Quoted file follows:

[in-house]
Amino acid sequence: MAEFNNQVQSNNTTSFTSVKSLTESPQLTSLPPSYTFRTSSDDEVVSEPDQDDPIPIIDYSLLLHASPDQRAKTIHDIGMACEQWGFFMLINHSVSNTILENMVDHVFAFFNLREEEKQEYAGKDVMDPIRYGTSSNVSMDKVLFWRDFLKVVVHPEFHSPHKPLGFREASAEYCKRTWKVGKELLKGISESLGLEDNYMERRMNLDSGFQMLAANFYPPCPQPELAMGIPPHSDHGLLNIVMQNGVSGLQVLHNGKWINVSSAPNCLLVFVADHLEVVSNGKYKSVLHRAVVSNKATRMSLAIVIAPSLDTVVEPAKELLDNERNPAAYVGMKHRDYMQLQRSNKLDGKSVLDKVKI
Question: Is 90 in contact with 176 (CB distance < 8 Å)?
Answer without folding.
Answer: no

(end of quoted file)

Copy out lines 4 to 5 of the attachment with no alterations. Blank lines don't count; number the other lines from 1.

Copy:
Answer without folding.
Answer: no